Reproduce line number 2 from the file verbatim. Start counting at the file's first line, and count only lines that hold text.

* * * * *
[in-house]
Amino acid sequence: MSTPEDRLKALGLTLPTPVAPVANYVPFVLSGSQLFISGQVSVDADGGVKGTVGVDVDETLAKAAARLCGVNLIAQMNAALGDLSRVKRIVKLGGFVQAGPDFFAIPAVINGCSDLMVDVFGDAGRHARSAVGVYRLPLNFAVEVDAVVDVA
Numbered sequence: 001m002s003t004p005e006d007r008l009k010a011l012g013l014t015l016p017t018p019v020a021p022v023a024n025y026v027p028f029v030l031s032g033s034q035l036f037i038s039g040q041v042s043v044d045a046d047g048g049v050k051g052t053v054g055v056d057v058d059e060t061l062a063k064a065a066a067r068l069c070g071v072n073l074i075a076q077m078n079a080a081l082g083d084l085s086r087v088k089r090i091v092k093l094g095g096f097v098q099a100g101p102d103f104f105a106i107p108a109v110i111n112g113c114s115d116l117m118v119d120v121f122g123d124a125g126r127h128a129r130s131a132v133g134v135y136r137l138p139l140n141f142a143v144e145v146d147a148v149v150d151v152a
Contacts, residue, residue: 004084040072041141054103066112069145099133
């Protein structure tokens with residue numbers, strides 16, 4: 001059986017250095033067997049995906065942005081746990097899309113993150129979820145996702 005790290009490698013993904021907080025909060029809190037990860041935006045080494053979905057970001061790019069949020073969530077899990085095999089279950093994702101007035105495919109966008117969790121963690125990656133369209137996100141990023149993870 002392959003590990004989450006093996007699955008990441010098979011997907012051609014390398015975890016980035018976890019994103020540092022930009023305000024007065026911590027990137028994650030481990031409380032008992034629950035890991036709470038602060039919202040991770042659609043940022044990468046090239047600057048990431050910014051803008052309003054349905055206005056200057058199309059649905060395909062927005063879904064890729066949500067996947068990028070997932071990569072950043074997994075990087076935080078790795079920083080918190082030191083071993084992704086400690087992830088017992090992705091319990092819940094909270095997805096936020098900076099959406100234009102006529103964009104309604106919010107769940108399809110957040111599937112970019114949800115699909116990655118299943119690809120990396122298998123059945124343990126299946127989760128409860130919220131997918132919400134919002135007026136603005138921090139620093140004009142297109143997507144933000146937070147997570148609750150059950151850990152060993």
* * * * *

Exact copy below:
Amino acid sequence: MSTPEDRLKALGLTLPTPVAPVANYVPFVLSGSQLFISGQVSVDADGGVKGTVGVDVDETLAKAAARLCGVNLIAQMNAALGDLSRVKRIVKLGGFVQAGPDFFAIPAVINGCSDLMVDVFGDAGRHARSAVGVYRLPLNFAVEVDAVVDVA